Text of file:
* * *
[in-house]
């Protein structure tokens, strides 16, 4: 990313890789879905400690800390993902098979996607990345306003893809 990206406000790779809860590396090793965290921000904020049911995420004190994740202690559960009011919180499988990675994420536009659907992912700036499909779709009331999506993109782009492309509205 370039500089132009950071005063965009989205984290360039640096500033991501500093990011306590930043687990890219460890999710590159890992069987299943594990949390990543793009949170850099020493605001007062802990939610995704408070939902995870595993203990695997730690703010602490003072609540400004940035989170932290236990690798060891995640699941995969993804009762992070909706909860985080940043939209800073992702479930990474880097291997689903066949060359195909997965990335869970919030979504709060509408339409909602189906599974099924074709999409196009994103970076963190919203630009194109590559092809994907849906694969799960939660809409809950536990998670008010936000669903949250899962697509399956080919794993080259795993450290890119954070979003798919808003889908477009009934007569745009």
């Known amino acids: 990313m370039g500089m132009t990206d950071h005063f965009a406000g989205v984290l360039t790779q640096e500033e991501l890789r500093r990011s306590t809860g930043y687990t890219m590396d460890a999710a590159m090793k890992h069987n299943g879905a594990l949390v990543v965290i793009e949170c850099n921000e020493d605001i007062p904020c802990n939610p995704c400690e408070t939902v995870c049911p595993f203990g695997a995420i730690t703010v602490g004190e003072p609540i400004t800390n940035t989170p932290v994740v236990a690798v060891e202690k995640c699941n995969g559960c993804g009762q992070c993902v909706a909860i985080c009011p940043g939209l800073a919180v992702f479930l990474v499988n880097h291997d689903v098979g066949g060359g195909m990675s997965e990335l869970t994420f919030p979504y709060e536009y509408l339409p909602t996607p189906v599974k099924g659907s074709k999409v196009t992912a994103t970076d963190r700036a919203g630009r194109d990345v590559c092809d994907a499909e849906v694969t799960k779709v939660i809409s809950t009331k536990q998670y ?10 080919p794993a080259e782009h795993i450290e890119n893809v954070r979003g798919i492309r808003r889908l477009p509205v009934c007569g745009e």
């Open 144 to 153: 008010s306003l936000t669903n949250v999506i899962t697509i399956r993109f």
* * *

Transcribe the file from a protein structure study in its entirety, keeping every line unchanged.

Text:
[in-house]
């Protein structure tokens, strides 16, 4: 990313890789879905400690800390993902098979996607990345306003893809 990206406000790779809860590396090793965290921000904020049911995420004190994740202690559960009011919180499988990675994420536009659907992912700036499909779709009331999506993109782009492309509205 370039500089132009950071005063965009989205984290360039640096500033991501500093990011306590930043687990890219460890999710590159890992069987299943594990949390990543793009949170850099020493605001007062802990939610995704408070939902995870595993203990695997730690703010602490003072609540400004940035989170932290236990690798060891995640699941995969993804009762992070909706909860985080940043939209800073992702479930990474880097291997689903066949060359195909997965990335869970919030979504709060509408339409909602189906599974099924074709999409196009994103970076963190919203630009194109590559092809994907849906694969799960939660809409809950536990998670008010936000669903949250899962697509399956080919794993080259795993450290890119954070979003798919808003889908477009009934007569745009």
């Known amino acids: 990313m370039g500089m132009t990206d950071h005063f965009a406000g989205v984290l360039t790779q640096e500033e991501l890789r500093r990011s306590t809860g930043y687990t890219m590396d460890a999710a590159m090793k890992h069987n299943g879905a594990l949390v990543v965290i793009e949170c850099n921000e020493d605001i007062p904020c802990n939610p995704c400690e408070t939902v995870c049911p595993f203990g695997a995420i730690t703010v602490g004190e003072p609540i400004t800390n940035t989170p932290v994740v236990a690798v060891e202690k995640c699941n995969g559960c993804g009762q992070c993902v909706a909860i985080c009011p940043g939209l800073a919180v992702f479930l990474v499988n880097h291997d689903v098979g066949g060359g195909m990675s997965e990335l869970t994420f919030p979504y709060e536009y509408l339409p909602t996607p189906v599974k099924g659907s074709k999409v196009t992912a994103t970076d963190r700036a919203g630009r194109d990345v590559c092809d994907a499909e849906v694969t799960k779709v939660i809409s809950t009331k536990q998670y ?10 080919p794993a080259e782009h795993i450290e890119n893809v954070r979003g798919i492309r808003r889908l477009p509205v009934c007569g745009e």
């Open 144 to 153: 008010s306003l936000t669903n949250v999506i899962t697509i399956r993109f």